It doesn’t take long to recognize a Doctor P song when you hear it. The thick bass and piercing high frequencies of his sound design infiltrate your senses faster than you can say “dubstep.” It’s a sound that’s invasive and aggressive, satisfying in a confusing way, and totally unexpected from the pleasantly mellow producer, Shaun Brockhurst. Years before the rapid rise in popularity of dubstep in the US, Doctor P was pioneering the techniques that would define some of the characteristic sounds of American dubstep. His influence can be heard in much of what we hear in American dubstep today, but maybe no one else can still move so many people’s bodies into impassioned convulsions the way Doctor P did at Mysteryland USA this summer. We sat down with him before he annihilated the Boat Stage to discuss his methods, dream collaborations and his devotion to the genre he helped to shape.
So, I understand that the P—Doctor P—stands for Picto, which is your old drum ‘n’ bass alias and I guess a kind of nickname for you, so I was wondering how that came about as a nickname.
I’ll tell the story, but I feel like people don’t understand now. Basically on old Nokias, you had predictive text, which is the original, like, autocorrect, and if you type Shaun, my name, it autocorrected to Picto.
That’s pretty funny.
Yeah, so that’s where it comes from. It’s not an exciting story, really, that’s just the origin of it.
Okay, so what went through your head when you were kind of just looking at dubstep and it was primarily focused on bass frequencies, and you started making music that was dropping into really high mids and high frequencies? Why did you kind of go in that direction?
I mean, I don’t think I did it on purpose, but I think looking back, the thing that made me do it is that I think music with that really, really intense bass and really, really piercing high frequency just kind of sounds really satisfying. Although I can’t explain it in any other way except it just sounds satisfying. Just, I don’t know. It’s just so, like…extreme. It just gets some part of your brain that you can’t quite explain it.
It’s interesting, yeah, ‘cause as humans we hear the upper mids the loudest—louder than any other frequency range.
Yeah, so to hear music that’s pushing it to the absolute extreme—I don’t know, it just does something that other music doesn’t do. And I didn’t make the decision to do it on purpose, it just kind of happened.
What kind of music did you listen to growing up?
Um, I mean, I started off listening to drum ‘n’ bass, really from the beginning, when I was about twelve. But then I went off track a bit and went and got into metal and a bit of hip-hop and stuff, and then I kind of rediscovered drum ‘n’ bass when I was about eighteen. That was only really when I started making music, when I was about eighteen—making proper electronic music. Yeah, I mean I kind of rediscovered drum ‘n’ bass and rediscovered electronic music, and, yeah, that’s really where it came from.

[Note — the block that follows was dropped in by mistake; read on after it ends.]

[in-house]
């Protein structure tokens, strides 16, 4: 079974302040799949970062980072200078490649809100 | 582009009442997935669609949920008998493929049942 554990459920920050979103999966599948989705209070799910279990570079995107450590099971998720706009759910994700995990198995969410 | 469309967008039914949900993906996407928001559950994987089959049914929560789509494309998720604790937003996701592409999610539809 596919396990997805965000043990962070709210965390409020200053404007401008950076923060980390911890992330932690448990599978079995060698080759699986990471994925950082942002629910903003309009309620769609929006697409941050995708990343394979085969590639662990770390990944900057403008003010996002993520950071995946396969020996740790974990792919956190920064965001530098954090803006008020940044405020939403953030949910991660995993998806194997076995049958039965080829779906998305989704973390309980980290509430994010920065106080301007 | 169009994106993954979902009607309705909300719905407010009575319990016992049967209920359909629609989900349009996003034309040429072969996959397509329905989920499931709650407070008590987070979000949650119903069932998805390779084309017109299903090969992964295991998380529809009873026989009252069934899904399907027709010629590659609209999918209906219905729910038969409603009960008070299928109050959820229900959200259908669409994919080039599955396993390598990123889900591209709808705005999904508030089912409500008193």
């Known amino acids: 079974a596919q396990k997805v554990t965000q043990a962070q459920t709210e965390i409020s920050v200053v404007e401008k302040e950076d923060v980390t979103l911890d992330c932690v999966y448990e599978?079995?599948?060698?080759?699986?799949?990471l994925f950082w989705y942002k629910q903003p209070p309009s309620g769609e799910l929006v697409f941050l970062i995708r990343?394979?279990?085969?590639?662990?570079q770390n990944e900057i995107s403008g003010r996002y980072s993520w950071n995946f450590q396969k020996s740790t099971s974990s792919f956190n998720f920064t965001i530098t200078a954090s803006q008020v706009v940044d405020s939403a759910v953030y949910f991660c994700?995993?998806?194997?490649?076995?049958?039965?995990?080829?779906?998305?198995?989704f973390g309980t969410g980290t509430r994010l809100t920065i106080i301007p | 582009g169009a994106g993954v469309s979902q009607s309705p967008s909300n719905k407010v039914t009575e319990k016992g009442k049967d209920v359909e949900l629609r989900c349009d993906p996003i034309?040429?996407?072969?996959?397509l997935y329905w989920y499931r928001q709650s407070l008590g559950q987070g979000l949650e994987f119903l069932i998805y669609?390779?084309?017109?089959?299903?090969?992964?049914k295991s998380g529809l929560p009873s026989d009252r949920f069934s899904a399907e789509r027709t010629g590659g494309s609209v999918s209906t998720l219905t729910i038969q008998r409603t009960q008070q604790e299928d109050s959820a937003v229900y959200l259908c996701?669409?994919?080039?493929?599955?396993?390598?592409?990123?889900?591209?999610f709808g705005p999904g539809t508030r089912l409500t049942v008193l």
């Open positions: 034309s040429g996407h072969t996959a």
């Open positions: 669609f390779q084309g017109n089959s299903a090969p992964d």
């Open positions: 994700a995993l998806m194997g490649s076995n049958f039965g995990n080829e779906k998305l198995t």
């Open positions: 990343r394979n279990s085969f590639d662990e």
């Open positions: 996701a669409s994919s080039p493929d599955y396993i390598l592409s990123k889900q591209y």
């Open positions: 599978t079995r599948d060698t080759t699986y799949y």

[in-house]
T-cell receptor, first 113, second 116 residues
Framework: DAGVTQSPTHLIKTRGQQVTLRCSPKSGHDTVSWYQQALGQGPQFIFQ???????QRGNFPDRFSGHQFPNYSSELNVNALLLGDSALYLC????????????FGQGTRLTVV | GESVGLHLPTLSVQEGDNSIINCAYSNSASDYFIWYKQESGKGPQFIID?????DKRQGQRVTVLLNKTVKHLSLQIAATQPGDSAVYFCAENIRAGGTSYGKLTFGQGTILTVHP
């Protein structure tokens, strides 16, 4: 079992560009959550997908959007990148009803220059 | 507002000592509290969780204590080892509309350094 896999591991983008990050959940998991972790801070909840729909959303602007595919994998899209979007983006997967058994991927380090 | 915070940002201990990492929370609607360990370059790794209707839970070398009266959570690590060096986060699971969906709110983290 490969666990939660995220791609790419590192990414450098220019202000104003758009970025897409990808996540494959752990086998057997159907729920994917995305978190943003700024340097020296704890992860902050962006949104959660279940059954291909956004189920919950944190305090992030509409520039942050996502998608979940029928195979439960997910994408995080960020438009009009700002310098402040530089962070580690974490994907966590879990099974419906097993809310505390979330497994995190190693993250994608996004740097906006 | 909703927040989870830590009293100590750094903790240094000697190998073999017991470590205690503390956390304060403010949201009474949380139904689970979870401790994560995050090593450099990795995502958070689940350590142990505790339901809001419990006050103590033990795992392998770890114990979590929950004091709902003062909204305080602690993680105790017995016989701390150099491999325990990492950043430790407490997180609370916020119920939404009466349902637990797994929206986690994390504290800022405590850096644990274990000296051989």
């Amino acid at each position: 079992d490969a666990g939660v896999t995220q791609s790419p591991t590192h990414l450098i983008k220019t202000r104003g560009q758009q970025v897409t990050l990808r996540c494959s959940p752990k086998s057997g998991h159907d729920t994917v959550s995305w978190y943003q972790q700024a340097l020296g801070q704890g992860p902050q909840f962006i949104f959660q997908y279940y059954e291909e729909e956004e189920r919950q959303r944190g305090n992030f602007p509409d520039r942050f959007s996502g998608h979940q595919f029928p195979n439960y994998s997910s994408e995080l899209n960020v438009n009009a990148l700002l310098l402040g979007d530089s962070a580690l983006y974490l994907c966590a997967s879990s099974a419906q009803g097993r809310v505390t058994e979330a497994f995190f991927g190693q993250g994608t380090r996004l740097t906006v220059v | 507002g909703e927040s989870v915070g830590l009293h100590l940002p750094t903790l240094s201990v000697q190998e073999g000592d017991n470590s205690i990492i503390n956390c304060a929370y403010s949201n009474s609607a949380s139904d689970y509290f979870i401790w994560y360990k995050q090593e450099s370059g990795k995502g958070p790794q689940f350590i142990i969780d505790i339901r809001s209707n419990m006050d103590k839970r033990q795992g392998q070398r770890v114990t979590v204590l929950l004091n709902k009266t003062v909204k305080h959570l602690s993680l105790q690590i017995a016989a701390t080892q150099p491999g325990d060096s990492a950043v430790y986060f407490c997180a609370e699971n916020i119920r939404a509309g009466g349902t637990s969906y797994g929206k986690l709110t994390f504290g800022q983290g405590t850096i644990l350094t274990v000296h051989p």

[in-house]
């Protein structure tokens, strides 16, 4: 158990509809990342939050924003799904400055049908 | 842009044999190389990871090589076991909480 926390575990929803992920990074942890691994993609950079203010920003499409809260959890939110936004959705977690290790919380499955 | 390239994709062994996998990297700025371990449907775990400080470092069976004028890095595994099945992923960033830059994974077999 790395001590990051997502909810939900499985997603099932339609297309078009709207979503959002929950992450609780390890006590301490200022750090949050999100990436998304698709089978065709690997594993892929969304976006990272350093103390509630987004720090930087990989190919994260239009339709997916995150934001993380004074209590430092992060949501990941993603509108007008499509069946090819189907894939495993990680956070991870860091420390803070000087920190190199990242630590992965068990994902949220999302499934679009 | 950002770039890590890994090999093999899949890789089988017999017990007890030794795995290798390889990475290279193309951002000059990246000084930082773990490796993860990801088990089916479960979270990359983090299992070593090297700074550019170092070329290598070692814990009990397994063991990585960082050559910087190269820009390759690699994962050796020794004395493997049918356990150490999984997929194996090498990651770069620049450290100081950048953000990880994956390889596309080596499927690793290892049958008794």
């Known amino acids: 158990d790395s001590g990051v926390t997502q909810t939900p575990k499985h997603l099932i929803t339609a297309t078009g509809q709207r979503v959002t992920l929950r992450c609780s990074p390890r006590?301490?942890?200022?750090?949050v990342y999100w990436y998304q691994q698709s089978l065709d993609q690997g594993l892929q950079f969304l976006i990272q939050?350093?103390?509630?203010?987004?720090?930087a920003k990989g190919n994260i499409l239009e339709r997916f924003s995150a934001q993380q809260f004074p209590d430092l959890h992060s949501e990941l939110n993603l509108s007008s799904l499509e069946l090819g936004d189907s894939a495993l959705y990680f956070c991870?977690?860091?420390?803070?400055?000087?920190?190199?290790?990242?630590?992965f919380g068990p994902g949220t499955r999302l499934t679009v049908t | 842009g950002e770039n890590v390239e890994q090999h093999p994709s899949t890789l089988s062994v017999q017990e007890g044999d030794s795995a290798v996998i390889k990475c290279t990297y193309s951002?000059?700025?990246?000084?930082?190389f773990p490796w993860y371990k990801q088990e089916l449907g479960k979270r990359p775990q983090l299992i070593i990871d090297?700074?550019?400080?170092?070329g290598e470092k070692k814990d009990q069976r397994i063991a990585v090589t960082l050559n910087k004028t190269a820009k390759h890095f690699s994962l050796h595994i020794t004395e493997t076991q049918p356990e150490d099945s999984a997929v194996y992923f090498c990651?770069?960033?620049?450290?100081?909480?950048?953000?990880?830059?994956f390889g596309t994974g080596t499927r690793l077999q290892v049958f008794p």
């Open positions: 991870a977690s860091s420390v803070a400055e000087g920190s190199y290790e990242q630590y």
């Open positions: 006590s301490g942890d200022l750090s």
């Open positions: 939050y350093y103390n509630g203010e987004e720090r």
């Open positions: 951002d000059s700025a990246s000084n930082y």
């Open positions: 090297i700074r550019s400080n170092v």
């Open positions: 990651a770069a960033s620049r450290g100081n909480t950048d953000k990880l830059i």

Cool. So I don’t know if this is a coincidence, but I personally hear a lot of Russian and Slavic folk music influence in your music?
You’re not the first person to say that! I guess it is. I haven’t deliberately taken inspiration from that.
That’s so interesting.
Yeah, I mean obviously I did “Tetris”, and that is, like, a traditional Russian folk melody. I guess Tetris—that actual theme song—has been influential in melodies and stuff. That was one of the first things I ever learned to play on the keyboard. That’s why I remixed it. It’s like a going-back-to-the-beginning sort of thing. Yeah, I guess, like, learning that originally has gotten some Russian melodies into my brain.
But you also have that kind of 8-bit aesthetic.
Yeah, that goes back to the Tetris thing. Well, the only game I had on my Game Boy when I was a kid was Tetris. It came with Tetris and I had no other games. I couldn’t afford other games. I heard that Tetris music about a million times when I was a kid, and I guess that has had a profound effect on my life. It’s resultant in the complete sound of my music.
But it’s also very angry, so where does that come from?
I think that comes from the fact that I don’t really express my emotions. People always say I’m really deadpan and I don’t express myself, so I guess my emotions come out through my music.
Yeah, cool. Could you take me through the process of composing and making the sound design for “Flying Spaghetti Monster”?
That actually started off as a 140 dubstep track, but it was sounding a bit boring, and I accidentally—my mouse hit the scroll wheel on the tempo and it accidentally went up to 200 BPM.
Oh my God.
And I really liked the sound of it. So I just left it there. I was actually in a hotel room in L.A. getting ready for a show when I did it and I got home after the tour, opened up the file and thought, “You know what, this is actually better like this.” And, yeah, I just left it. Made a few tweaks to make it sound right.